Just as they do today, accomplished scientists and sophists came to resent the ignorance and the power of the common person. And like today, it is evident that this resentment is unwarranted. The wise were scarcely wiser than the average Greek. They were afforded important privileges in Greek society in virtue of the situation of their birth, but even despite these privileges, the wise were little better than the fools they derided. No Greek scientist or sophist could reasonably claim to know more than any common Greek, and in many cases, the common man knew much more. It is not the common man who we today ridicule for his absurd theories and his inability to accurately observe what stands immediately in front of his eyes. Indeed, there is at least some evidence that the common man could do this. He toiled and suffered to support himself and his kin, after all. There is no evidence, however, that the wise need ever do this, let alone were capable of it.
But this resentment is unwarranted for another reason as well. The common people grew in power over the nearly three centuries of the Archaic period until the emergence of the first real democracies, but they did not do so by simply taking power from the elites. It was the elites themselves who in their struggle against other elite rivals gradually gifted the common people greater status and power. And in many cases, this was not even power and responsibility that the common people always wanted. They for centuries threw their support behind elites who distinguished themselves from the unwashed masses for one reason or another just as poor whites do this today. But of course, no one really controls the tides of history, and it serves no one to resent it but those who lack the privileges of birth and wealth. Elites, of course, have never lacked these privileges.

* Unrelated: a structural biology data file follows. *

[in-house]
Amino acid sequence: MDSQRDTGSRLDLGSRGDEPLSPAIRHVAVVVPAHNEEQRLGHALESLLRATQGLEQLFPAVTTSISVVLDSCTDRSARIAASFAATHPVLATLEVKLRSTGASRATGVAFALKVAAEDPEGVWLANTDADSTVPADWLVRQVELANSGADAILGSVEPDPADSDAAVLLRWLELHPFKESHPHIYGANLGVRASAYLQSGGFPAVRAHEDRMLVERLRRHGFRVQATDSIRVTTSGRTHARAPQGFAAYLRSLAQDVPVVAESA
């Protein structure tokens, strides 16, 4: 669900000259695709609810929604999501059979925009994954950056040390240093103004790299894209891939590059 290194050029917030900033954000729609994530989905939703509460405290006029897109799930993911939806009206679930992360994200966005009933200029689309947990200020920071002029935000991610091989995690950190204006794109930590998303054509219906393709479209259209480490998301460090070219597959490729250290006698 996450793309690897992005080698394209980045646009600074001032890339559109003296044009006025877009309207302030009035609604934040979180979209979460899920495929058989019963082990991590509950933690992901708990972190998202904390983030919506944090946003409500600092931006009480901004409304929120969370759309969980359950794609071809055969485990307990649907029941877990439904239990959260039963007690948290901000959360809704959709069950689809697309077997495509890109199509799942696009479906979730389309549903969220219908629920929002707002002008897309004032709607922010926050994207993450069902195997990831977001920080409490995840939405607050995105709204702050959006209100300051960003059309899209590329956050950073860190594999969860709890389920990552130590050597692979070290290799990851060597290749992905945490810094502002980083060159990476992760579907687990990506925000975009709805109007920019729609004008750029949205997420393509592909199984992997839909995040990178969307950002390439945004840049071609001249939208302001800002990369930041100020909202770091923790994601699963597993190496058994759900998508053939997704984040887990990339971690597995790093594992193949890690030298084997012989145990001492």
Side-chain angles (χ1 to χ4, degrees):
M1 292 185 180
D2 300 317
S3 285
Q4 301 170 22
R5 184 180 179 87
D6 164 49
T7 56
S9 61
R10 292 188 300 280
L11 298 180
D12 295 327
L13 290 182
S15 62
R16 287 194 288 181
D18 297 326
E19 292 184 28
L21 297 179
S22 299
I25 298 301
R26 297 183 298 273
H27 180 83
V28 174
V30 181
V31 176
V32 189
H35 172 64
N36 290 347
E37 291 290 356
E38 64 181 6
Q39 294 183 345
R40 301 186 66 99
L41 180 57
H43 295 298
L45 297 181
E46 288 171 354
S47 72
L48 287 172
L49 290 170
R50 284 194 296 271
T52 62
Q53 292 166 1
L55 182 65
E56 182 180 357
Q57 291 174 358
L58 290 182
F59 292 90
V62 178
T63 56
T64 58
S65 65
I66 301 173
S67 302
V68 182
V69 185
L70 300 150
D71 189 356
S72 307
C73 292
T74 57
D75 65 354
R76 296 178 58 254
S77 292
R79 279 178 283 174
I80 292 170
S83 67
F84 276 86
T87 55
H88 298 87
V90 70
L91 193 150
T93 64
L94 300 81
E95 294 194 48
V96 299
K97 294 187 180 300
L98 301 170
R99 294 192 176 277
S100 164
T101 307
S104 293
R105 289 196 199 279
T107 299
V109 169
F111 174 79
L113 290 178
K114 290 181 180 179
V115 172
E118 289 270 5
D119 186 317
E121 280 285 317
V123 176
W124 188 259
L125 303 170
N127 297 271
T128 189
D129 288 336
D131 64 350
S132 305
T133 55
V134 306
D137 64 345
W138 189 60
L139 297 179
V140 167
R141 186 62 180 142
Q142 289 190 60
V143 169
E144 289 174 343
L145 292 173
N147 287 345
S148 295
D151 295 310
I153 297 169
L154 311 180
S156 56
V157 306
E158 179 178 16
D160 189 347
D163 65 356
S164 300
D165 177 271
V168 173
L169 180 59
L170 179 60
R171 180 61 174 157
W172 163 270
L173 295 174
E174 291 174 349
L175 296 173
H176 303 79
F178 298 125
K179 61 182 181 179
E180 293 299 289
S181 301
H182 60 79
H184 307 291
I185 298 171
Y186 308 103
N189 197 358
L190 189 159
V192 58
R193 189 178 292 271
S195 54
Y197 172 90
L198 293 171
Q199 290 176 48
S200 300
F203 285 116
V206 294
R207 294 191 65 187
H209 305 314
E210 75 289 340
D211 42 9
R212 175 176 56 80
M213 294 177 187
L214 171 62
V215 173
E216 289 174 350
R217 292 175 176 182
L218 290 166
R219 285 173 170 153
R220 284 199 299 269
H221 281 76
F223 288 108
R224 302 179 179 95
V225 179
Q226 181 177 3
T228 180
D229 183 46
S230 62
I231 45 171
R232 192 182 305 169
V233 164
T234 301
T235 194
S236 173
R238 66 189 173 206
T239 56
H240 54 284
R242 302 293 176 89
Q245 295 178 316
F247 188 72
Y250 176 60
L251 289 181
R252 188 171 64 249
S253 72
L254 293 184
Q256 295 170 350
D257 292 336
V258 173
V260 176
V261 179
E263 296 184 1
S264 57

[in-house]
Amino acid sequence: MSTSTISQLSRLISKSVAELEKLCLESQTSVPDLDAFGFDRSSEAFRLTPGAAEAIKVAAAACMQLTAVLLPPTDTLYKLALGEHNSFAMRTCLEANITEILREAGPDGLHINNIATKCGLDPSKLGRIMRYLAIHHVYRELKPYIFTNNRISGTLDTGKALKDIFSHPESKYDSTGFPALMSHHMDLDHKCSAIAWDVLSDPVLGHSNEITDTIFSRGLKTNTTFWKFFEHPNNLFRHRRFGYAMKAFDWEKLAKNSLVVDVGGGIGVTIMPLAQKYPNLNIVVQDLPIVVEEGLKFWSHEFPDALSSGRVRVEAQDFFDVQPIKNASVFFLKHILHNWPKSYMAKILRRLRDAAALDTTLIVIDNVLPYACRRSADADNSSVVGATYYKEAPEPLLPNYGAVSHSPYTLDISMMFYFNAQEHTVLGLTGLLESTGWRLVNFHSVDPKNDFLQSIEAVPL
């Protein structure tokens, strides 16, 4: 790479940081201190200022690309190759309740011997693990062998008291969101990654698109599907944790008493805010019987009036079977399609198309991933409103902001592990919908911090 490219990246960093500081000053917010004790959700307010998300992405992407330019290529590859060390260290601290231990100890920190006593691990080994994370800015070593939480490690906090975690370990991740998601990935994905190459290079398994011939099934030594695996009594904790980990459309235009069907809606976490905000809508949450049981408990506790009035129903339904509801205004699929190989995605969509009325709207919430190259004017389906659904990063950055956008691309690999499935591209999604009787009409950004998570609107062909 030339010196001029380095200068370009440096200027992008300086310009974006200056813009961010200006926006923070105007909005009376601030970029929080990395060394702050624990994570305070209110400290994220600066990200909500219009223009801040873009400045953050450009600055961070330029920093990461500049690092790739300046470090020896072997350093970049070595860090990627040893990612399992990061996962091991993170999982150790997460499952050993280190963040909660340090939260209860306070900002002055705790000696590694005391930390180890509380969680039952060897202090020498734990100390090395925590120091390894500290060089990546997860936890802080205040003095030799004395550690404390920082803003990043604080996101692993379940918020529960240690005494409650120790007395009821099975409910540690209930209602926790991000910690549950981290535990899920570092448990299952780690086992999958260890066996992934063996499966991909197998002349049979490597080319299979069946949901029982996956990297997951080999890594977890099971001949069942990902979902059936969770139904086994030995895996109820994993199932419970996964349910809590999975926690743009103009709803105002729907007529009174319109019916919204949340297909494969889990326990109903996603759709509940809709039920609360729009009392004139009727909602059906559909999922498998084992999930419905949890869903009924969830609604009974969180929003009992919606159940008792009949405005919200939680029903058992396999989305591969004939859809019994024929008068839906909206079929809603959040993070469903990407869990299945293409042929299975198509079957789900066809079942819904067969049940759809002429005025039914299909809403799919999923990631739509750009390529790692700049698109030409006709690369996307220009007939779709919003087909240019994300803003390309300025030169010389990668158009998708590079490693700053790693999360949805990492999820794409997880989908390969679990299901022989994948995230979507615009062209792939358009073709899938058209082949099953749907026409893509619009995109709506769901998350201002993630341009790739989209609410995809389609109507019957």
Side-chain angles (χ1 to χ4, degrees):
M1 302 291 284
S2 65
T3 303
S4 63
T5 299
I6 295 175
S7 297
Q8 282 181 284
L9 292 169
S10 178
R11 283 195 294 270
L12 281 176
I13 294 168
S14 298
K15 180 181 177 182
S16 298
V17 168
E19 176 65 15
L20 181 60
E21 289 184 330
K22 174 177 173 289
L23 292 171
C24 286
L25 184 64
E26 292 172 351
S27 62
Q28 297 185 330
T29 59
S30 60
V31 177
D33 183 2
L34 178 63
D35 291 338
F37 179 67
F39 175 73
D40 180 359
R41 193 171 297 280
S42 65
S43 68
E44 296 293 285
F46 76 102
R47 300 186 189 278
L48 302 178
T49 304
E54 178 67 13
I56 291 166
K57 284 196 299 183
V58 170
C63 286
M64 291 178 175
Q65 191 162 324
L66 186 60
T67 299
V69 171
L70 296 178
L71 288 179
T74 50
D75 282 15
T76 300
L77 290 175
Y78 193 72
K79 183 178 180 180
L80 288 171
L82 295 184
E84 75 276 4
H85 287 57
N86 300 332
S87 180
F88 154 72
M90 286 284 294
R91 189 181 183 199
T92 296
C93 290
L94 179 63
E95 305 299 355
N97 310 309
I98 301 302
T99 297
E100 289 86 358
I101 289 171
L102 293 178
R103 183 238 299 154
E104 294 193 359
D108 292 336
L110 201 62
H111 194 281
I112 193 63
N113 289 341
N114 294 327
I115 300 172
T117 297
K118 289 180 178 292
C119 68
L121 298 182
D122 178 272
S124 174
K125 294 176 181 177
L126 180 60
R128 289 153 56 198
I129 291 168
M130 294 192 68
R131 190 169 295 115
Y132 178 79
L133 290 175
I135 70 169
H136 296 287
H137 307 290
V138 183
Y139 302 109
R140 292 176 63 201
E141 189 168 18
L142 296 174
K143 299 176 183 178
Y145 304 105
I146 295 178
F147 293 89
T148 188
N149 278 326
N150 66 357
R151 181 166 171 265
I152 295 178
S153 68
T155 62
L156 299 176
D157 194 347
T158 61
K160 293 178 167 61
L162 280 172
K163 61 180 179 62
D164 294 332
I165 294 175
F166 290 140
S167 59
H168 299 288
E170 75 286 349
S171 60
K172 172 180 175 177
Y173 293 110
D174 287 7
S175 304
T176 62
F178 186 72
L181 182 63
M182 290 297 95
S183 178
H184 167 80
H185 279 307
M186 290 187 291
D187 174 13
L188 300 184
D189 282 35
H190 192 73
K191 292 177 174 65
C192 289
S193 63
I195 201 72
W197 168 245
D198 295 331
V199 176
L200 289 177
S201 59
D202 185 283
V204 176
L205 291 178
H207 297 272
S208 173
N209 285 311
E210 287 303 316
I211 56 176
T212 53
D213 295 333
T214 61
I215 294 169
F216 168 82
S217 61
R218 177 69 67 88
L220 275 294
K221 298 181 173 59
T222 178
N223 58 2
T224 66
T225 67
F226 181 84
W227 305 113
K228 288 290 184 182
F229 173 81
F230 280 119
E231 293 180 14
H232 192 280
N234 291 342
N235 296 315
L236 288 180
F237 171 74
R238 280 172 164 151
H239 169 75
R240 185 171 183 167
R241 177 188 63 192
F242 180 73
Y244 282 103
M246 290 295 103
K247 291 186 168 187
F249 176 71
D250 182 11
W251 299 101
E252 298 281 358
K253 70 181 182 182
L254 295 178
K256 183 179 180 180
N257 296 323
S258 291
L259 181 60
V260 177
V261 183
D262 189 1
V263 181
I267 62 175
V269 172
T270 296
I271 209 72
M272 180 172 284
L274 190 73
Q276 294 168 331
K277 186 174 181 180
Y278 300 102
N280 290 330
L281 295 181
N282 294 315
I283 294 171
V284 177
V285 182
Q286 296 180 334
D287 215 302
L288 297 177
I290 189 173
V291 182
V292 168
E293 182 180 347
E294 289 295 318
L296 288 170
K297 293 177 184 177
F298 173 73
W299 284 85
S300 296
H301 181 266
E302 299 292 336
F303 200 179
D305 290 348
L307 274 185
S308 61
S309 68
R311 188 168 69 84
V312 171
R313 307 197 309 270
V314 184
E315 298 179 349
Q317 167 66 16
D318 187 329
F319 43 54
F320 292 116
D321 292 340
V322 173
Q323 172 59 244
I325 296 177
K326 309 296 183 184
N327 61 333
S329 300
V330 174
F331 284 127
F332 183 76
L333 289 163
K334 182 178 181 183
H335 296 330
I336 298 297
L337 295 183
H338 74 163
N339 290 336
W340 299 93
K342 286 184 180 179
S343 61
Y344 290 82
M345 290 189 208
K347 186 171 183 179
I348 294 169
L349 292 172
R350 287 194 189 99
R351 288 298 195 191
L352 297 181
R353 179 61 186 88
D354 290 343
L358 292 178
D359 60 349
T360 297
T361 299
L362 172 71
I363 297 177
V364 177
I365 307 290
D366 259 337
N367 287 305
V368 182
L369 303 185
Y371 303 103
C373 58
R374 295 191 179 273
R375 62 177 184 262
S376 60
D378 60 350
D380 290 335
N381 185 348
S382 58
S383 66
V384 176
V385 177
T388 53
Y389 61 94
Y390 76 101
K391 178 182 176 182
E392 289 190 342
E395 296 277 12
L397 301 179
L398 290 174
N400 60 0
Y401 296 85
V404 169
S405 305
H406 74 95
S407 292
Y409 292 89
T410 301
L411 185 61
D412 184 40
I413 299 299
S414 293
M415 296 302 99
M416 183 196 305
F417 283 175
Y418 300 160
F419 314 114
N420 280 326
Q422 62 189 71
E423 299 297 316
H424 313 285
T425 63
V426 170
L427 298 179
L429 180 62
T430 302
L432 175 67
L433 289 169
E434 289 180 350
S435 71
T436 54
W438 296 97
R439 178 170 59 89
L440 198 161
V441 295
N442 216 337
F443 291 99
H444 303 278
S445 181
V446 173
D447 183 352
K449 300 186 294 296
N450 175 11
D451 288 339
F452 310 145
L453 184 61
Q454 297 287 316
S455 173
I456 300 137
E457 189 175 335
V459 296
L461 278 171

Yet the elites persisted in their undue resentment of the common Greek. As the contests of wisdom gave way to people’s assemblies and people’s courts, many of their former contestants retreated from the public to private enclaves in which they religiously pursued their science and their study. They became absurd objects of public ridicule, ranting about Being and the power of the Vortex, the one and only god, all while speaking in tongues, refusing to utter the word “is.” Others did not retreat, but instead assaulted the common people. These elites invaded the people’s courts, often to cheers and applause, while they attempted to pass off their interest as that of the many. And they claimed some success at this. They commanded wealth and prestige. They commanded armies and economies. They claimed to shake the demos with every utterance, failing still to realise that their own tics and tremors had their source in the people to whom they remained servants.